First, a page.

As often seems the case in Washington, the controversy surrounding the meetings of then Senator Jeff Sessions with the Russian Ambassador has quickly descended into a feeding frenzy. When interviewed shortly after the disclosure, I stated that Attorney General Sessions should recuse himself and clarify his testimony. Late this afternoon, Sessions promised to do precisely that. However, the over-hearted rhetoric has continued with calls for Sessions to resign or even be criminally charged. People are getting ahead of their skis on this issue, particularly in claiming that this is the same type of controversy that led to the criminal charges against former Attorney General Richard G. Kleindienst.
Senate Minority Leader Charles Schumer (N.Y.) and House Minority Leader Nancy Pelosi (Calif.) have insisted that Sessions should resign. I do not see the basis for such a resignation anymore than I saw the compelling case for a perjury charge. Here is the exchange where Senator Al Franken raises the issue of continual campaign communications between surrogates and the Russians. Sessions said that he responded to the breaking news over collusion on the campaign:
That is not the model of clarity and certainly not the stuff that a perjury case is made of. Here is the language of the perjury provision:
18 U.S. Code § 1621 – Perjury generally
(1) having taken an oath before a competent tribunal, officer, or person, in any case in which a law of the United States authorizes an oath to be administered, that he will testify, declare, depose, or certify truly, or that any written testimony, declaration, deposition, or certificate by him subscribed, is true, willfully and contrary to such oath states or subscribes any material matter which he does not believe to be true; or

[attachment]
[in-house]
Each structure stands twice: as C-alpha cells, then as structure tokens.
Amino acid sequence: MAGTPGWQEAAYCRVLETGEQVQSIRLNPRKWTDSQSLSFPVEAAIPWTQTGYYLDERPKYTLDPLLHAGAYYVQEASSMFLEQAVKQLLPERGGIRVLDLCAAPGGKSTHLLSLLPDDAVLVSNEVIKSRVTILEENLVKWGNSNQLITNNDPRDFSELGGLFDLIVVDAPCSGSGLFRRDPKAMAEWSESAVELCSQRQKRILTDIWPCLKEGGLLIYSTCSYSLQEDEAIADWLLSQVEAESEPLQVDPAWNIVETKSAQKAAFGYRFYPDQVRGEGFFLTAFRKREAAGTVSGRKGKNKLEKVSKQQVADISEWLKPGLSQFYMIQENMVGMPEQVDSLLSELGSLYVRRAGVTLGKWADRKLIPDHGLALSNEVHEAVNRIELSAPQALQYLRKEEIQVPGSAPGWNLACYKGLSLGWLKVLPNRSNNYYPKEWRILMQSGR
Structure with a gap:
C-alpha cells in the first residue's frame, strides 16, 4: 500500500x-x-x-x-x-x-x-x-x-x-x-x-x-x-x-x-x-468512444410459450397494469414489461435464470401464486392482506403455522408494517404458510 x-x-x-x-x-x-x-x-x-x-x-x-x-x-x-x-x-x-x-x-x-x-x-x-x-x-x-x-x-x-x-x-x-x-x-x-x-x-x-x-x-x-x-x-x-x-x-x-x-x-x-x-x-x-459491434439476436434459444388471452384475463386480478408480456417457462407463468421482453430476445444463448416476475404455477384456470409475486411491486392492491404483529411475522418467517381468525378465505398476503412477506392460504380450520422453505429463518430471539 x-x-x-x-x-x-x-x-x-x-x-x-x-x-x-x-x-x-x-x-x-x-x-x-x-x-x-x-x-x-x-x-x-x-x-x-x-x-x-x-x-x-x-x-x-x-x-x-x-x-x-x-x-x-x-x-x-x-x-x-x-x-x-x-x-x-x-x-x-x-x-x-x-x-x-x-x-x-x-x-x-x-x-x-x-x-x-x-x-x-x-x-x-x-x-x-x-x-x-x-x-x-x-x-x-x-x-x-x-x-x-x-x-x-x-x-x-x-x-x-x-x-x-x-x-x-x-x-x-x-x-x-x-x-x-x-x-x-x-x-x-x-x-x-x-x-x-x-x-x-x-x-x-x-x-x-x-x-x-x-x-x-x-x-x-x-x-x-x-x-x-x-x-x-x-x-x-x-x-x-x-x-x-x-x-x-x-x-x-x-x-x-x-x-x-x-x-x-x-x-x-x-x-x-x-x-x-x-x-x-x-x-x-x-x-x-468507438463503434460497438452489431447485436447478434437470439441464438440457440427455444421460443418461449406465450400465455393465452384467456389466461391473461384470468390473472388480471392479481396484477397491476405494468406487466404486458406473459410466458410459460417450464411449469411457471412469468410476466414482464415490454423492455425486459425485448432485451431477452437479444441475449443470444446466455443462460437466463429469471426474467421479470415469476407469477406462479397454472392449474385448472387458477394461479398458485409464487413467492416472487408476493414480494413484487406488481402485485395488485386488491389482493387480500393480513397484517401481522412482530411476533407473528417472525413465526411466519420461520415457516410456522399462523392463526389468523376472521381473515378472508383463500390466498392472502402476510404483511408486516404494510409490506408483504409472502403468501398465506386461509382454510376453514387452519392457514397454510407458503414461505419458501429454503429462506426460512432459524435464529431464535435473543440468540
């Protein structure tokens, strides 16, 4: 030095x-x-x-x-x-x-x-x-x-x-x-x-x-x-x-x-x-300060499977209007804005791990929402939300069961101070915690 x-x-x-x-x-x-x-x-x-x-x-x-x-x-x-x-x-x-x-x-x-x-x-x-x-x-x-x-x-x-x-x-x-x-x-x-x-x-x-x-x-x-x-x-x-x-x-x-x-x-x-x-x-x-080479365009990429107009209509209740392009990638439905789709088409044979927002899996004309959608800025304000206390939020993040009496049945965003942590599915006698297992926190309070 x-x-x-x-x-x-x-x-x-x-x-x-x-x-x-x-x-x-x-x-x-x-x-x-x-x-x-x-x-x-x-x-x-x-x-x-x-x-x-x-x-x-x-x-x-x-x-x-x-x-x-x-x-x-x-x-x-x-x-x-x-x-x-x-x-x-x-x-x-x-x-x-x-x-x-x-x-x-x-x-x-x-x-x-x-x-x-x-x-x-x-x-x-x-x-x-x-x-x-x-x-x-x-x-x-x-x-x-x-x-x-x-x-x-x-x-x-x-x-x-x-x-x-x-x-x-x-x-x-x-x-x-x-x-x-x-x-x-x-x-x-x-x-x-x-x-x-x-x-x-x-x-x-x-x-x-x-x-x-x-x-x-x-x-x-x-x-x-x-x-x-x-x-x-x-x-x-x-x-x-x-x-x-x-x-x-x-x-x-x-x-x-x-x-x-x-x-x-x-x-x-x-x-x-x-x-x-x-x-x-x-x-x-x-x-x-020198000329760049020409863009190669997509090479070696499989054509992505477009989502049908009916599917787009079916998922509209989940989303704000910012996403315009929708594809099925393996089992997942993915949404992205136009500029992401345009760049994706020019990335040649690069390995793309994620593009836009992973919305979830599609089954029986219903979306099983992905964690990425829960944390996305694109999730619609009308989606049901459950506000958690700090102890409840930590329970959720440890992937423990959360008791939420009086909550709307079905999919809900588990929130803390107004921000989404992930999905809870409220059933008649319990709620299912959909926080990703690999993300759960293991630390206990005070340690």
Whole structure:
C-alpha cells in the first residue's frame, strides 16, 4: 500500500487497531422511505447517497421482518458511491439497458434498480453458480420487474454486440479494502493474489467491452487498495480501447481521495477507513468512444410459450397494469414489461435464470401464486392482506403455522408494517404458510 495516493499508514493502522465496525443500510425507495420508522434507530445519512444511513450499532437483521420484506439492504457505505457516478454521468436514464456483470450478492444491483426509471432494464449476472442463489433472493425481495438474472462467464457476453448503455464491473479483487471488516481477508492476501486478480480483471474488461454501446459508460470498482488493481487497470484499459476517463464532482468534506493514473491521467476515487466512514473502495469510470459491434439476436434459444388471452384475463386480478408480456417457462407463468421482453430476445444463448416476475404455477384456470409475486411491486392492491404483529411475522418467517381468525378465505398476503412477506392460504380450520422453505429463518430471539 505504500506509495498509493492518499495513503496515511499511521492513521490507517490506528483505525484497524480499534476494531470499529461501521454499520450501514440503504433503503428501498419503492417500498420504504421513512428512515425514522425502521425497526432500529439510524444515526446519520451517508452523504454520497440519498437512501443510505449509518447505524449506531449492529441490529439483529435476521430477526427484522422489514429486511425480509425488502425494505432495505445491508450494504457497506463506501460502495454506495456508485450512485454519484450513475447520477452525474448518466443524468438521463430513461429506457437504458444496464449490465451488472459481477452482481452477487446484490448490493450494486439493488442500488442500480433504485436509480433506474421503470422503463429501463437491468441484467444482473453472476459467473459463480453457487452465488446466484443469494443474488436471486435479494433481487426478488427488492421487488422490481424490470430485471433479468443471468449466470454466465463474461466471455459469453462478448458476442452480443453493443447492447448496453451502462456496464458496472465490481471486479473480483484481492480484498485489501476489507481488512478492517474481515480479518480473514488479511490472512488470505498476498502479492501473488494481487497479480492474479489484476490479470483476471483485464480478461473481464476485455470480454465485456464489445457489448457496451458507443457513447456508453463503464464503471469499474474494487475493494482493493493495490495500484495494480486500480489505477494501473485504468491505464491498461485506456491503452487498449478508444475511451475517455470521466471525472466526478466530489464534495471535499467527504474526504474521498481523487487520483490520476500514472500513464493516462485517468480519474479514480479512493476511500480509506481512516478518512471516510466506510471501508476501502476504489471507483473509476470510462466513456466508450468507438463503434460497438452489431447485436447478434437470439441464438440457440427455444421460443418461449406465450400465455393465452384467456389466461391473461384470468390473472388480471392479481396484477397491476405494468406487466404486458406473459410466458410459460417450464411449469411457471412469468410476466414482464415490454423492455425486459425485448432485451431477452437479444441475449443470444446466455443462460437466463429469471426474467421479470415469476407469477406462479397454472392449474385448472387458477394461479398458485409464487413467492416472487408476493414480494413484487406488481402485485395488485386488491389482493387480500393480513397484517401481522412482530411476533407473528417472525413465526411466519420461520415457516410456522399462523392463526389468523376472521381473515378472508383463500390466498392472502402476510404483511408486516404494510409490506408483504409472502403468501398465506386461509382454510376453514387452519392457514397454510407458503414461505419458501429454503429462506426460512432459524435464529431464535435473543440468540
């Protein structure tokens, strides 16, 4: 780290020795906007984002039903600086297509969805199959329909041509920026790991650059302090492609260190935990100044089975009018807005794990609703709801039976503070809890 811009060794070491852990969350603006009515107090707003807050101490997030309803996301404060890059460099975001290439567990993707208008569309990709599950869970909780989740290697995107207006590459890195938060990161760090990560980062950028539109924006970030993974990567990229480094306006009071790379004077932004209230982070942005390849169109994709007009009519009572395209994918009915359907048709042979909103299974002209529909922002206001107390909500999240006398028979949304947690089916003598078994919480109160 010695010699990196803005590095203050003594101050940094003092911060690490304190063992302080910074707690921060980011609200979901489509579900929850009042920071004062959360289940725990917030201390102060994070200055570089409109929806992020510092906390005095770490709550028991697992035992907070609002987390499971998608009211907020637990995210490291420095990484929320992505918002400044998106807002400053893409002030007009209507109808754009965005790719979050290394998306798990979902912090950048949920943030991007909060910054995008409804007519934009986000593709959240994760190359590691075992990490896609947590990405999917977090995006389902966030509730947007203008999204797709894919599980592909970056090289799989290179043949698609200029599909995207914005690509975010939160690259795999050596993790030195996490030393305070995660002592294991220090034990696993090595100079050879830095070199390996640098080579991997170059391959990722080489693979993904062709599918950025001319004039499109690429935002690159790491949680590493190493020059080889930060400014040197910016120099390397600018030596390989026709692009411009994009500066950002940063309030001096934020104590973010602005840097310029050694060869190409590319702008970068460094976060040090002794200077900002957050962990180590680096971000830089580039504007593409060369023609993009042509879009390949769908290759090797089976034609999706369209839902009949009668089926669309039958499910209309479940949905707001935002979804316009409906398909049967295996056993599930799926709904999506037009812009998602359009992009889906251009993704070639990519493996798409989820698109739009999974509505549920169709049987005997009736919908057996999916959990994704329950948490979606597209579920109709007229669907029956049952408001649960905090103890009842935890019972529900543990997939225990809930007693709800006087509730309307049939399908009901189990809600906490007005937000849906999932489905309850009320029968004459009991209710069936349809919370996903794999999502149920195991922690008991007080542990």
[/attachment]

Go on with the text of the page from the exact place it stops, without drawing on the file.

(2) in any declaration, certificate, verification, or statement under penalty of perjury as permitted under section 1746 of title 28, United States Code, willfully subscribes as true any material matter which he does not believe to be true;
is guilty of perjury and shall, except as otherwise expressly provided by law, be fined under this title or imprisoned not more than five years, or both. This section is applicable whether the statement or subscription is made within or without the United States.
Sessions had staffers present in the Senate meeting (the other encounter followed a speech at the Republican Convention) and has stated that the meeting was at the Russian’s request and concerned foreign policy disputes.
Of course, there are other charges like misleading Congress and “misleading” is defined broadly under federal law:
the term “misleading conduct” means—
(A) knowingly making a false statement;
(B) intentionally omitting information from a statement and thereby causing a portion of such statement to be misleading, or intentionally concealing a material fact, and thereby creating a false impression by such statement;
(C) with intent to mislead, knowingly submitting or inviting reliance on a writing or recording that is false, forged, altered, or otherwise lacking in authenticity;
(D) with intent to mislead, knowingly submitting or inviting reliance on a sample, specimen, map, photograph, boundary mark, or other object that is misleading in a material respect; or
(E) knowingly using a trick, scheme, or device with intent to mislead;